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THE LAKAGIGAR volcanic system

Laki or Lakagígar (Craters of Laki) is a volcanic fissure situated in the south of Iceland, not far from the canyon of Eldgjá and the small town Kirkjubćjarklaustur, in Skaftafell National Park.

Laki is part of a volcanic system, centering on the Grímsvötn volcano and including the Eldgjá canyon and Katla volcano, and lies between the glaciers of Mirdalsjökull and Vatnajökull, in an area of fissures which run in a south-west to north-east direction.
In AD 934, the Laki system produced a very large volcanic eruption, as a flood basalt in the Eldgjá eruption, which released 19.6 km3 of lava.

In 1783-1784, the system erupted again, from the Laki fissure and the adjoining Grímsvötn volcano, spewing 15 km3 of basalt lava and clouds of poisonous fluorine/sulfur-dioxide compounds that killed over 50% of livestock, leading to famine which killed 21% of the population. A fissure with 130 craters opened explosively at first because of the groundwater interacting with the rising basalt magma.

The consequences for Iceland were catastrophic. Around 21% of the population died in the famine of 1783 to 1784 after the fissure eruptions ceased. Around 80% of sheep, 50% of cattle and 50% of horses died because of dental and skeletal fluorosis from the 8 million tons of fluorine that were released.

An estimated 122 Tg (120 Million tons) of sulphur dioxide were emitted into the atmosphere: approximately equivalent to three times the total annual European industrial output in 2006, and also equivalent to a Mount Pinatubo-1991 eruption every three days. This outpouring of sulphur dioxide during unusual weather conditions caused a thick sulphurous haze to spread across western Europe, resulting in many thousands of deaths throughout 1783 and the winter of 1784.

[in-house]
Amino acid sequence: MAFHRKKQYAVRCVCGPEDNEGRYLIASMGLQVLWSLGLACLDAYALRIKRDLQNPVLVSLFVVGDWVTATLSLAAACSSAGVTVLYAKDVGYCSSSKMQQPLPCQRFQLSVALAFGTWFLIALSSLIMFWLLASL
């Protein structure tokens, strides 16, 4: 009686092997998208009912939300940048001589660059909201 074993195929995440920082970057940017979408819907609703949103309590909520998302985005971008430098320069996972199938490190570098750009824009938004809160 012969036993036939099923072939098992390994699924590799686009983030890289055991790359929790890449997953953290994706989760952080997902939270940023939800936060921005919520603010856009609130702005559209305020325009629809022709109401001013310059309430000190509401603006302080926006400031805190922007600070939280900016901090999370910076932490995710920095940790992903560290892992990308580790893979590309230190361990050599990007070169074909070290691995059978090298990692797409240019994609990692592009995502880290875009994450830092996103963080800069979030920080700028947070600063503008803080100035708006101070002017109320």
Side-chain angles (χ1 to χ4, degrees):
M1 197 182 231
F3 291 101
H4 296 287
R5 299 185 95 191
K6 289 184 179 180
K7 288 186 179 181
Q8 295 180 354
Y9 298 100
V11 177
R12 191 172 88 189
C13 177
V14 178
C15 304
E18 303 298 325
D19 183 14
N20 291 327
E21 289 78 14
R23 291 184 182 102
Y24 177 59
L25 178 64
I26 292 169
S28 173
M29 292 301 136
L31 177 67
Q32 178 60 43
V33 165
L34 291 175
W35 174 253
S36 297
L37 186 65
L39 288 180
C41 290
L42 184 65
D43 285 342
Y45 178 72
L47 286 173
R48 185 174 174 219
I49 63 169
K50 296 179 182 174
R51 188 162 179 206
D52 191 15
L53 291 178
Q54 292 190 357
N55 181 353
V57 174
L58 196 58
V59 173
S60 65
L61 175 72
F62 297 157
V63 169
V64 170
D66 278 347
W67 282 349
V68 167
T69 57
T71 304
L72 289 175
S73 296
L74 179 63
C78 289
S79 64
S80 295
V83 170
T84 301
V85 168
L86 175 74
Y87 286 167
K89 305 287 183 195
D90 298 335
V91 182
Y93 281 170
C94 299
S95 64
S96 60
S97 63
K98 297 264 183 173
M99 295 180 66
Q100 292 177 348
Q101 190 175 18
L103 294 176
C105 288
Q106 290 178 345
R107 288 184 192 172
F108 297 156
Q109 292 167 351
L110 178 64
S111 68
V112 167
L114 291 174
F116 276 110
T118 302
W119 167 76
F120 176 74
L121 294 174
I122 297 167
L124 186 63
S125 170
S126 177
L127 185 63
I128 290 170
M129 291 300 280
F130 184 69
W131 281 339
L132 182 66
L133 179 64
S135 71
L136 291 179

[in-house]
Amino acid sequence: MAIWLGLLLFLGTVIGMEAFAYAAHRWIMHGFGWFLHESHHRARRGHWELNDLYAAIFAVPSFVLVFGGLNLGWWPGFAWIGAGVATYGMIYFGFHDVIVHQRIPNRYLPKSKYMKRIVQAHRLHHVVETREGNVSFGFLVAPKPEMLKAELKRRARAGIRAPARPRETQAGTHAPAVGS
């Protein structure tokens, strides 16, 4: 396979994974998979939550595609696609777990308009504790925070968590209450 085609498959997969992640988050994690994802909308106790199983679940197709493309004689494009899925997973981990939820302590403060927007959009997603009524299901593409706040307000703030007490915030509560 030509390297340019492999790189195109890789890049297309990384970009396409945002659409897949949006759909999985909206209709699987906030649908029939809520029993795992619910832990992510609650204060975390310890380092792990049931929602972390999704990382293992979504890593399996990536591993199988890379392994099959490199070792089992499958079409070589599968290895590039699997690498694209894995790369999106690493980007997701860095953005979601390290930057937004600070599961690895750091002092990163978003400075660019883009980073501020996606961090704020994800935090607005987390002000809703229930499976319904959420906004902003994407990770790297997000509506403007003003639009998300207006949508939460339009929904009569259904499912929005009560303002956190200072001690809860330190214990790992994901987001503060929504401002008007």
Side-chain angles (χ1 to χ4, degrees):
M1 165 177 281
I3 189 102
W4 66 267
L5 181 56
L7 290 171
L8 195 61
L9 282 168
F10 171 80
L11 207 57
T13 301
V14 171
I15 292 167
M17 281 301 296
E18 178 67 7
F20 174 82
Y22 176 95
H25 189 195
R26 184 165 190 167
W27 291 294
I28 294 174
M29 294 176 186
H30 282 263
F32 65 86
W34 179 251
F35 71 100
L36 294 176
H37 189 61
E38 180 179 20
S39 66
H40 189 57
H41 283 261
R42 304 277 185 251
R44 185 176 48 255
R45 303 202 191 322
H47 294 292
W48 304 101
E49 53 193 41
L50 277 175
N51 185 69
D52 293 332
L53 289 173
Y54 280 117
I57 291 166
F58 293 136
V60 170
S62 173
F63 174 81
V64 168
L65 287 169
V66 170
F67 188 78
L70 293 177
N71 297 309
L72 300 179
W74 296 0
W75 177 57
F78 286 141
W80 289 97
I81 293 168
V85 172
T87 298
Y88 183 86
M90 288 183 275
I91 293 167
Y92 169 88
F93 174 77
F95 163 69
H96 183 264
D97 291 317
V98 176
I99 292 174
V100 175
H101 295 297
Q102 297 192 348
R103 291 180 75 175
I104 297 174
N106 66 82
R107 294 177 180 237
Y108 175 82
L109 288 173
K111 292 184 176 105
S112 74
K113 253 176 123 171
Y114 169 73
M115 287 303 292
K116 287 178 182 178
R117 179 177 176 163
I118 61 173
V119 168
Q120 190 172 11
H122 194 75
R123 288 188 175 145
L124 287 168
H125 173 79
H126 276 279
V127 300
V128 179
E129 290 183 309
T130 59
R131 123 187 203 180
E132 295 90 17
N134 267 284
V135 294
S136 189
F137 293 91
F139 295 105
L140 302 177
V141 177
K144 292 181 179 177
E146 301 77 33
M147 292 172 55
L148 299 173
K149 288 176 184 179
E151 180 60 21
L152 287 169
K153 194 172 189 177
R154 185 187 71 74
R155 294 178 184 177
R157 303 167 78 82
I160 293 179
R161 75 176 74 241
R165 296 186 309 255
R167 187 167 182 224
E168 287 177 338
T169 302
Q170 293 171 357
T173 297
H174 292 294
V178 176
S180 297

The summer of 1783 was the hottest on record and a rare high pressure zone over Iceland caused the winds to blow to the south-east. The poisonous cloud drifted to Bergen in Denmark–Norway, then spread to Prague in the Province of Bohemia by 17 June, Berlin by 18 June, Paris by 20 June, Le Havre by 22 June, and to the Kingdom of Great Britain by 23 June. The fog was so thick that boats stayed in port, unable to navigate, and the sun was described as "blood coloured".

This picture has been published in: Detay M., Detay A.-M. — Islande - splendeurs et colčres d’une île. Belin Ed. 208 p. (2010). ISBN 978-2-7011-5762-7

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Additional Photos by Michel Detay (mdetay) Gold Star Critiquer/Gold Note Writer [C: 493 W: 1 N: 1025] (4865)
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